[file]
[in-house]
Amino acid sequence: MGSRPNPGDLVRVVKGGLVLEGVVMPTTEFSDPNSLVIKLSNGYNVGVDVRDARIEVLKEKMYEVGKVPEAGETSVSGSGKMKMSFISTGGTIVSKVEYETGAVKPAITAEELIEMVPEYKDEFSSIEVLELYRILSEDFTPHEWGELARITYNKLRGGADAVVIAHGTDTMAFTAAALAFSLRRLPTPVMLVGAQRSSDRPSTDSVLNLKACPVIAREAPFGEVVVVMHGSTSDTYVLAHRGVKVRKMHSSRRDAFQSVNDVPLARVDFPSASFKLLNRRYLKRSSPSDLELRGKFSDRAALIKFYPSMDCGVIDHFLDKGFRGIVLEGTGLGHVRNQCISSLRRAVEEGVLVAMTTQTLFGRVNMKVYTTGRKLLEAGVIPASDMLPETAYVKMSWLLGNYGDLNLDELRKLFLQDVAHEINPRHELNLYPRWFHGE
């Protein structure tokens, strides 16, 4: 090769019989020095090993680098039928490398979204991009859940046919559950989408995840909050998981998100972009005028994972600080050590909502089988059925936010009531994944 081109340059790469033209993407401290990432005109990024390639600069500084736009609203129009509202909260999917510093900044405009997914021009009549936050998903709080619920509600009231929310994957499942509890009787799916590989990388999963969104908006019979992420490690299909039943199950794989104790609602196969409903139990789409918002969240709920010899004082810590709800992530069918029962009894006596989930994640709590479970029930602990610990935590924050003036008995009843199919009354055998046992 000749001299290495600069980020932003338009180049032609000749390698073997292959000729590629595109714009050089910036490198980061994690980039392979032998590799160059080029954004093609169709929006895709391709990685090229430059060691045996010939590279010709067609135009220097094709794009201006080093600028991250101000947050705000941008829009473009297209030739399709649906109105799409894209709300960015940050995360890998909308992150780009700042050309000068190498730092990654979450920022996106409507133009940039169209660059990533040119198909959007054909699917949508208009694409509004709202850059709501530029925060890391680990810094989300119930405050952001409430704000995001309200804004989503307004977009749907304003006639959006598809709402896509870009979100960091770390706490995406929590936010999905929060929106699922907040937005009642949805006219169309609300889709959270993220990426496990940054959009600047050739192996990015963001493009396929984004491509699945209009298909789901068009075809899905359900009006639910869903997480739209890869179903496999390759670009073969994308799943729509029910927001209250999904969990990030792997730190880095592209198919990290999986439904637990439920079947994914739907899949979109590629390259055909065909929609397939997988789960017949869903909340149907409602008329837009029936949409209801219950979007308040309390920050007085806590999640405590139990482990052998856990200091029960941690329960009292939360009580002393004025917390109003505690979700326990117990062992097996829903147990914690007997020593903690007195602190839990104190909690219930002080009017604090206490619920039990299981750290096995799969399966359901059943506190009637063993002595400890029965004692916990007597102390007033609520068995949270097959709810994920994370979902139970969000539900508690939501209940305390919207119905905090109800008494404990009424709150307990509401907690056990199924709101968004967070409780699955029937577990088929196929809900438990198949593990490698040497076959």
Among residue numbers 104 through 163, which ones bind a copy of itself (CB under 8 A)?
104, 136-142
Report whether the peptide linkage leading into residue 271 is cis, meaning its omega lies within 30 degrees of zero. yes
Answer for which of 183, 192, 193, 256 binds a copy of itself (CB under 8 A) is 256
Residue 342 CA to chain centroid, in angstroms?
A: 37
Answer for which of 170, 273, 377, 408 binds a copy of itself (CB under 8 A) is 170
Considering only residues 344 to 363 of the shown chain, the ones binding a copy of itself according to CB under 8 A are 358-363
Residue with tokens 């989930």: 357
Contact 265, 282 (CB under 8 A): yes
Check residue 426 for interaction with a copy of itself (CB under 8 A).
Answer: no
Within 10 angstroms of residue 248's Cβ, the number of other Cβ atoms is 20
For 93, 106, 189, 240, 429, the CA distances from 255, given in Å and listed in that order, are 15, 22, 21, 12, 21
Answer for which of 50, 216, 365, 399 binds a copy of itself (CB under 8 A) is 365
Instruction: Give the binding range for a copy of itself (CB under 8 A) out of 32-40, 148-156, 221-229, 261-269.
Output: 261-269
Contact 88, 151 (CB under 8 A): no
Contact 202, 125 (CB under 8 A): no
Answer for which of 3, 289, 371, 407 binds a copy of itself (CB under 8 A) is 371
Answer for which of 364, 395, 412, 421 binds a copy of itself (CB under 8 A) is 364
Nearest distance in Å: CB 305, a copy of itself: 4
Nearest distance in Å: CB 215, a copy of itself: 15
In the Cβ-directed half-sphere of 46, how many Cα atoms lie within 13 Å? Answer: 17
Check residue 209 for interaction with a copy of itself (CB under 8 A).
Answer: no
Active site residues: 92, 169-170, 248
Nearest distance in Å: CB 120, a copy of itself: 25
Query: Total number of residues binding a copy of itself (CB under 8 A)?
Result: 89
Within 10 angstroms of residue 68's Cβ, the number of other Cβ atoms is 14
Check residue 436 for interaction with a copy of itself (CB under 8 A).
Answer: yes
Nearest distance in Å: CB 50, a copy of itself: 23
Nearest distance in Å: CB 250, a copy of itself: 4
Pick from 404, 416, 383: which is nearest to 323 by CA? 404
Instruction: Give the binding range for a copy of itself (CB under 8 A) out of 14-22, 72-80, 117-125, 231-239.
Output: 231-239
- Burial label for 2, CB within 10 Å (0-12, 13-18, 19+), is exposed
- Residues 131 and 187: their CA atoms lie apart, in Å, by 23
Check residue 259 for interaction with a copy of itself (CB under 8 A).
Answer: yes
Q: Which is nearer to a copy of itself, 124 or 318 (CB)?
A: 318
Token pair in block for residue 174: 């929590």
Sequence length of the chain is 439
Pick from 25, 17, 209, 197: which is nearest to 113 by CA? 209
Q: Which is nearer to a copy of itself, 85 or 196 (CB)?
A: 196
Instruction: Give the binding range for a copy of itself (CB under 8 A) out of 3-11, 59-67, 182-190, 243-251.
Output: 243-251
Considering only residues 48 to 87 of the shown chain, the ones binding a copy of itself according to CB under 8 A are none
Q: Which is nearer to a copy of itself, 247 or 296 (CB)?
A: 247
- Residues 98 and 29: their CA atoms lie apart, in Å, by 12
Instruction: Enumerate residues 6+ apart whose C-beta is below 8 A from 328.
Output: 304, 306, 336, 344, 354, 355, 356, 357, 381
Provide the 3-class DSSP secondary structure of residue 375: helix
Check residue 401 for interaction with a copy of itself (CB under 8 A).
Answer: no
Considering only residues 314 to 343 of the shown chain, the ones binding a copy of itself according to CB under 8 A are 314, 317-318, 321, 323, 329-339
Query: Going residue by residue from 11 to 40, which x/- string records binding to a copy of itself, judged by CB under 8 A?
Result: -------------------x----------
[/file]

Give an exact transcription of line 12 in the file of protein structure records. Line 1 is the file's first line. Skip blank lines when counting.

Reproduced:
Residue with tokens 């989930």: 357